One is general - we need to think outside the box (as well as inside it; I'm certainly for calling one's Congress critter and complaining loudly).

Secondly, since the TPP rises to the level of economic TREASON, a normally outside-the-box group of Americans (wrt economic issues) who I'm pretty sure nobody is approaching to evangelize anti-TPP memes are veterans.

I mean, imagine that you could get them to wear their uniforms (? not sure this is legal for a political purpose) while they presented to local Boy Scout troops and PTA's, or tabled at grocery stores, etc.

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Submitted by letsgetitdone on

I agree that support of the TPP is disloyalty to the United States. I don't say "treason" because that idea is very narrowly defined in our constitution.

Also, I think we ought to start calling our representatives out for disloyalty to the United States if they contemplating voting for the TPP. I don't say "economic disloyalty" because the TPP's scope is more general than that because it elevates corporate "expectations of profit" above all other values. Lambert has called this "absolute capitalism" in a recent blog. But I call it national level fascism since that is what is enabled and encouraged by the ISDS provisions in the TPP along with opening up ISDS potential clientele to another 25,000 foreign multinationals and an additional 25,000 US multinationals. ISDS will over time practically force national governments to collude with multinational and bring them formally into collaborations with the government, creating national fascisms as Mussolini defined that idea.

Submitted by lambert on

Here. I concluded this way:

“Arbitrary control” — absolutism — in service of capital as a global change in the constitutional order, and all done in secret. What could go wrong?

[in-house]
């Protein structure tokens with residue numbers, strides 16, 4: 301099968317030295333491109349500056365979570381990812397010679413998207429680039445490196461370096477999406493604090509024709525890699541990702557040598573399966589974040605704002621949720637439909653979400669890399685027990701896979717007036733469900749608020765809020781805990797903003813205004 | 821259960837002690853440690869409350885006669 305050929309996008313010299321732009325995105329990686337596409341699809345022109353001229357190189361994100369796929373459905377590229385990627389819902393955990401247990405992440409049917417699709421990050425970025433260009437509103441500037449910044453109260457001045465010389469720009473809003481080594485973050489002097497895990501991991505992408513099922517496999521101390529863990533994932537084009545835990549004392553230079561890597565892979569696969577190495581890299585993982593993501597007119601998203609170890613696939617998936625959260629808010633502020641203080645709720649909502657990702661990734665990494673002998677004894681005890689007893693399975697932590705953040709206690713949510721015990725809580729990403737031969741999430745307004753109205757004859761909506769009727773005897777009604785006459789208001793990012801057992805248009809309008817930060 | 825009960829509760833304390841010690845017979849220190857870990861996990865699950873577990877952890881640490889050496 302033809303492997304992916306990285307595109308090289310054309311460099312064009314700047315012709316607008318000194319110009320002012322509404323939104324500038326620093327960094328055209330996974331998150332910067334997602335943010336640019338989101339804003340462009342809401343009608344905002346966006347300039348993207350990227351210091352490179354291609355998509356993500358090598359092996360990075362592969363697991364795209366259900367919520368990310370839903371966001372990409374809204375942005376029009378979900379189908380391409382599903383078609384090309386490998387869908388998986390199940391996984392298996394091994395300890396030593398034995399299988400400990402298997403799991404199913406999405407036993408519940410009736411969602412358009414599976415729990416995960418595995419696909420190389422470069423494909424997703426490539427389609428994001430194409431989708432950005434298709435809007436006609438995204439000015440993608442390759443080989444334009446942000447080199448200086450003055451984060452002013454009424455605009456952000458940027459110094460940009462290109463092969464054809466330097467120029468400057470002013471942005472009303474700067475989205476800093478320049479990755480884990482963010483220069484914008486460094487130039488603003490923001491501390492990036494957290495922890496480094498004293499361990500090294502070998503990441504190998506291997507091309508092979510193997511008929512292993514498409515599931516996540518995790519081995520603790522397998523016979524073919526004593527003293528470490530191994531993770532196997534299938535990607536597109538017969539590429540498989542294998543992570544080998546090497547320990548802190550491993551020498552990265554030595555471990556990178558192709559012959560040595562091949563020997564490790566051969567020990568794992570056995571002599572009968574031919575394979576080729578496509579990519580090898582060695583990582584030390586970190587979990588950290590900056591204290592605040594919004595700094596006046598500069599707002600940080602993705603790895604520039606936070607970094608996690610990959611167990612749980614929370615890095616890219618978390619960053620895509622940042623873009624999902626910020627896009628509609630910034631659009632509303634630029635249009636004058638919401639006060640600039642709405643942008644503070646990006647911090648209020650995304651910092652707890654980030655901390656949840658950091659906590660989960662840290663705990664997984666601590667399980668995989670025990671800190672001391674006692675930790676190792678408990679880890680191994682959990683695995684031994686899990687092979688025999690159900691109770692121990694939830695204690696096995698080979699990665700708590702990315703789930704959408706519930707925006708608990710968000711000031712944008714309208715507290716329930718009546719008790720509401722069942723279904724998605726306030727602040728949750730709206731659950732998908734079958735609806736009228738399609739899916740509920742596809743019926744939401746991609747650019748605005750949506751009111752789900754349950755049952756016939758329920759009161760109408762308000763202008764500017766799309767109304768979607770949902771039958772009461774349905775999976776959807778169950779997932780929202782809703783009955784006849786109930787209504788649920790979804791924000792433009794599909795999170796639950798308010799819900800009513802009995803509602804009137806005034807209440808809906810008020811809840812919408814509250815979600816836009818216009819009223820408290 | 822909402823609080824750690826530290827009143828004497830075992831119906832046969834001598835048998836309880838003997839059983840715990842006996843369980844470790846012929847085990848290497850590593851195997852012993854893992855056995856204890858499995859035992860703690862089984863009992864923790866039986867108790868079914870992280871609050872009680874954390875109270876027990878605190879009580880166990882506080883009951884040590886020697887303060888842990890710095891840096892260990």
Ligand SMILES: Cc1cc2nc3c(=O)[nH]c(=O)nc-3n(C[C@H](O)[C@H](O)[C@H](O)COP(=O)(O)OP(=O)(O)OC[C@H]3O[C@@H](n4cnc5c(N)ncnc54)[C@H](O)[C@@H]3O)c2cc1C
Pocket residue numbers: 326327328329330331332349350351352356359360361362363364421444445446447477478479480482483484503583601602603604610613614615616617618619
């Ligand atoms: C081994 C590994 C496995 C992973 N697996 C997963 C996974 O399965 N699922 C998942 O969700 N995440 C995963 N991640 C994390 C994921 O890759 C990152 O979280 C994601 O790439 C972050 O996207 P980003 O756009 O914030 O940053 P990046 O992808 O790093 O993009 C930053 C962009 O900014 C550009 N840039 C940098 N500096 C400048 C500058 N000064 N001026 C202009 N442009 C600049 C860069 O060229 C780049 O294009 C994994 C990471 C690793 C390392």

When I wrote that, I wasn't thinking of ISDS, let alone the horrible "Living Agreement" clause, as the overthrowing of the Peace of Westphalia in favor of a sort of neo-liberal Papacy that is trans- and post-national. But now I think that's indeed what's going on. So I don't think that fascism is the right frame. I think we are looking at a new order of things entirely, and even if some of the checklist-style tests for fascism are, I feel, at least, that the political econom(y|ies) against which the checklists are applied will turn out to be a different beast.

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Submitted by letsgetitdone on

As I said in my blog on TPP and fascism. It's not enabling fascism at the global level. There it's enabling corporatist feudalistic plutocratic oligarchy. But it is enabling fascism at the national level where people will be under the thumb of the national authorities governing on behalf of the corporations.

Submitted by lambert on

I agree that the Constitution defines treason narrowly, thus:

Treason against the United States, shall consist only in levying war against them, or in adhering to their enemies, giving them aid and comfort. No person shall be convicted of treason unless on the testimony of two witnesses to the same overt act, or on confession in open court.

However, the Constitution does not define "levying war." I would bet that if we were to look through some military doctrinal material, we'd find financial and informational warfare included. So, in that sense, a TPP vote would indeed constitute "levying war." (I remember making the same point when warrantless surveillance was first coming out; the administration had deployed weapons of war against its own people -- who are, one might add, sovereign.)

What do you think of this argument? I might expand it.

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Submitted by letsgetitdone on

I think it's worth expanding, but that it is a stretch to make the legal case. Of course, the use of "treason" precedes our legal definition, so one might argue that older common sense meanings apply for political discourse. For example, the idea of treason against the sovereign is probably well-known in English history. Well, what happens when one's sovereign is the people as in a democracy. Then deliberate attempts to betray democracy or subordinate would be "treason." We certainly have that here.